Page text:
I think this really puts things in the right perspective and the NBFC sector once again is all set to go and play a very important and expanded role going ahead.

So, if you look at during COVID times when the government of India came up with stimulus package and this whole vision Atam Nirbhar Bharat Package which was announced and we saw the finance Minister clearly laying down the vision for NBFCs because government fully realizes that NBFC’s potential as a growth factor to the economy, especially when it comes to funding MSME and funding bottom to the pyramid.

So, I think they were a slew of measures in terms liquidity were announced and even on the vision of 5 trillion economy, there is a clear role for NBFCs as I said NBFCs are pivotal in providing the last mile credit delivery to the unbanked and underbanked segment of the society across the country.

Even during these challenging times, World Bank has sanctioned a loan of 750 million dollars to the Indian Government for the development of the MSME sector in India. I was involved in that project with the World Bank and I am happy to share that in their report World Bank identified three key pillars going ahead for the development of NBFC.  One of the three pillars was funding by NBFCs. So, I think the World Bank clearly recognized and has laid down the path for the NBFC to play an increasing role in funding the MSME going ahead.

Similarly, we even saw IMF jumping when its own projection of the GDP which varied time and again repeatedly pointed about the liquidity crisis with the NBFC sector and need to address it. They said NBFC is an important part of the financial system.  So, it’s not only the Indian government, or Indian bodies, even the international apex bodies like World Bank and IMF which recognize the role of NBFCs and have underlined the important role of the sector in their reports.

Furthermore, the Reserve Bank of India came up with a very important and comforting message and I should take this opportunity on the behalf of NBFC sector to really put up the most sincere thanks and appreciation to both of honorable finance Minister and RBI for coming up with a lot of measures which really helped in this crisis time.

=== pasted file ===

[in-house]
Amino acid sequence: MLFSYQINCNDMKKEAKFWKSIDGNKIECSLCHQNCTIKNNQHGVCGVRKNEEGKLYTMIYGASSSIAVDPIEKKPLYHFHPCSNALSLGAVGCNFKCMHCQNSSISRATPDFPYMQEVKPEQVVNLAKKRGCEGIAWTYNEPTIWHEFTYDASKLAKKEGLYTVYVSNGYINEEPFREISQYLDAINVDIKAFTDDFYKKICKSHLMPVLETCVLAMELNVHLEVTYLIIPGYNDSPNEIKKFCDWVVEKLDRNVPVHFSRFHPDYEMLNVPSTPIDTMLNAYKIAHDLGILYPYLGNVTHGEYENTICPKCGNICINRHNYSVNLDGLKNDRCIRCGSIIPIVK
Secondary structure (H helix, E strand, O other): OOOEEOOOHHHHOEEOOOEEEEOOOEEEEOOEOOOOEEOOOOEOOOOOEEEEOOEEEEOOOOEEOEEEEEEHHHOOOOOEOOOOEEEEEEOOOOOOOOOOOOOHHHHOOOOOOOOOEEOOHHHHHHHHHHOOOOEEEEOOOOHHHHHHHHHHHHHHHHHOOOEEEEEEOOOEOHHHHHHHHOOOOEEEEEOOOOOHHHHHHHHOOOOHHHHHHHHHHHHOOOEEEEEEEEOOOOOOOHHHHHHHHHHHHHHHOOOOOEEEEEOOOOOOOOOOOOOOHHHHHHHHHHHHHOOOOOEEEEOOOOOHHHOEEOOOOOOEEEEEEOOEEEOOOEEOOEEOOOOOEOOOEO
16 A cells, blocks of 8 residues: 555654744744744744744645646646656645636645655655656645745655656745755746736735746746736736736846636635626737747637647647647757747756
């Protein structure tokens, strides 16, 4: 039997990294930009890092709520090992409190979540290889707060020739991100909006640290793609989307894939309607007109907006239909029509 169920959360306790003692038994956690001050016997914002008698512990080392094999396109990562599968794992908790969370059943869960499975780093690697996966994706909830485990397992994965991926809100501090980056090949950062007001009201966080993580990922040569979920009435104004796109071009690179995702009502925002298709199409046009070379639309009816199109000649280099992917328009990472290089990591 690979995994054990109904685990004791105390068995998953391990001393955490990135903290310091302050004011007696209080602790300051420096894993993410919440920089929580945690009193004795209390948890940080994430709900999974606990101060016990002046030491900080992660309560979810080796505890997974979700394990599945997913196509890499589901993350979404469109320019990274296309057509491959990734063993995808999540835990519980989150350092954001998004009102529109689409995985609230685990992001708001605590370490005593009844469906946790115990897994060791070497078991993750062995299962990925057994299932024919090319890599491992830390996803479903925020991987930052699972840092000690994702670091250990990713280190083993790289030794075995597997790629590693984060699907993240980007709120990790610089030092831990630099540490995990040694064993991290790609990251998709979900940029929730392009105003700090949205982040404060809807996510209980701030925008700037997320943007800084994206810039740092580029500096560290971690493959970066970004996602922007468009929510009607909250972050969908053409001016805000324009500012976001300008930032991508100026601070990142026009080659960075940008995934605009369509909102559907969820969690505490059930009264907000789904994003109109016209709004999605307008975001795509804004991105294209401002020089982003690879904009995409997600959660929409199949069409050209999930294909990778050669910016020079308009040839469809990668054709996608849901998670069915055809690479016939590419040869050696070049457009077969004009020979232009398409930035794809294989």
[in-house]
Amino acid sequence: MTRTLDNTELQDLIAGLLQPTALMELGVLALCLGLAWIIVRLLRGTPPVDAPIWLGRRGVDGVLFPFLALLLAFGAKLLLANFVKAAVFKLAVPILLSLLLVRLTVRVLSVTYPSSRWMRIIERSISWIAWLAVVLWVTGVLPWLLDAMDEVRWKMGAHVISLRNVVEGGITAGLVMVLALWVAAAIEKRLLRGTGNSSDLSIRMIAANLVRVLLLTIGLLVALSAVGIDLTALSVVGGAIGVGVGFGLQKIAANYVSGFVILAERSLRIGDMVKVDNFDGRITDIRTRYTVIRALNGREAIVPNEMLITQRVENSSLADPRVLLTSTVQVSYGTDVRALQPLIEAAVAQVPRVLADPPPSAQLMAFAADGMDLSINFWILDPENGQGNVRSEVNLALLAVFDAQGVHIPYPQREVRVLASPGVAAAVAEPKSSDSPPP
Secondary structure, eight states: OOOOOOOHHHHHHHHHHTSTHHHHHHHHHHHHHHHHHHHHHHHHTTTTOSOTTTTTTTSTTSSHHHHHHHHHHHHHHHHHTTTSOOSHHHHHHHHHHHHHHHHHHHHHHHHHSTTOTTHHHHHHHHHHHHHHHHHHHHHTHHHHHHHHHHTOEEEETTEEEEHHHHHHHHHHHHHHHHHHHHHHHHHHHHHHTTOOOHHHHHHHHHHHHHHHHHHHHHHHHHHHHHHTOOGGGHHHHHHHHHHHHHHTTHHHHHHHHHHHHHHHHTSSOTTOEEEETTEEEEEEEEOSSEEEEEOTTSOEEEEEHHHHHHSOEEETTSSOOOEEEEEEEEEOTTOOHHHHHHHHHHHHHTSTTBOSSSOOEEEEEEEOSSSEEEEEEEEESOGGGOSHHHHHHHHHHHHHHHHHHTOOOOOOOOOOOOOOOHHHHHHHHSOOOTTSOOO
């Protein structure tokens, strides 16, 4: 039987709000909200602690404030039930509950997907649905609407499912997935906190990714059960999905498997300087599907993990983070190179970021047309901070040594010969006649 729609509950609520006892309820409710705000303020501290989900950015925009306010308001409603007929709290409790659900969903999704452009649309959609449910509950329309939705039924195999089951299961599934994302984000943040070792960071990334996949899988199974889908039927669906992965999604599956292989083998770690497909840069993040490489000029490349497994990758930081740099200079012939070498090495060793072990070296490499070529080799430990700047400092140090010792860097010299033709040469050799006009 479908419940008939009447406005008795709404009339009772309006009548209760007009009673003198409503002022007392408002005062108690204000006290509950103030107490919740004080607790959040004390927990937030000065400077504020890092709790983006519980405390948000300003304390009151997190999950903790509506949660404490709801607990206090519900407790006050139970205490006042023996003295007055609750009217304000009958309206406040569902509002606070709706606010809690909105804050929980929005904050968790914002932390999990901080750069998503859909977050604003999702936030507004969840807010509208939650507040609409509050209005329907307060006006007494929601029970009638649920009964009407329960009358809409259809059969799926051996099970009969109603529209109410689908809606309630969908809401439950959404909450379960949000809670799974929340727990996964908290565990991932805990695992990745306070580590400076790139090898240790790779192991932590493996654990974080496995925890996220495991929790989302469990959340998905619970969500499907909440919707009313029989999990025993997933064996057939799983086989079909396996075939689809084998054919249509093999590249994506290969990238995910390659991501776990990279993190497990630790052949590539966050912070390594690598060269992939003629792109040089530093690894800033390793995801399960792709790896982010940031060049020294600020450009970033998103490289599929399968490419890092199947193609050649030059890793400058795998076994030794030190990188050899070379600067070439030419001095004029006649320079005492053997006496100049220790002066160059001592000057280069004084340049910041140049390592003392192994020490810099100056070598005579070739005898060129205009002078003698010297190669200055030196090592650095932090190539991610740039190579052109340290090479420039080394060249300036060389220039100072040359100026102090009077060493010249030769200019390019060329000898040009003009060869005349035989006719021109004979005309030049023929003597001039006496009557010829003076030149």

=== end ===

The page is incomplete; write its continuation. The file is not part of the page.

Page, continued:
So, RBI coming up with a liquidity measure through the TLTRO window, TLTRO one, TLTRO two are the steps that we are thankful for.  RBI even went out to the extent of carving out that at least 50% of the fund should go to the small and medium NBFC’s. So, it was a very important step.

Also Read: NBFCs to drive PM’s Vision of New India: Raman Aggarwal, Chairman, FIDC

Then they came out with the latest TLTRO and in the last policy rate announcement, RBI has announced the list of eligible sectors which can avail funding from banks using the on tap TLTRO and NBFCs has also been included in that list.

In addition to this, RBI came up with extending the window of bank lending to NBFC for on lending to priority sector as PSL for bank then RBI also came up with measures to benefit in terms of asset classification in these difficult times. As part of industry demand, RBI came up with a one-time restructuring scheme where NBFCs are very much part of it and this played a very important role.

Another flagship scheme, which GOI rolled out was the 3 lakh crore Emergency Credit Line Guarantee Scheme (ECLGS) for the MSME segment and there also NBFCs have continued to play a very important role and you have seen the figures although initially there were some hiccups in the scheme of thing individual were not included.

 For example, a lot of individual runs the business of their own names and don’t create a separate entity such kind of borrowers were ineligible under ECGL but we at FIDC pointed this out to honorable Finance Minister and we were happy that immediately that was rectified and circular was issued to include such individual borrowers.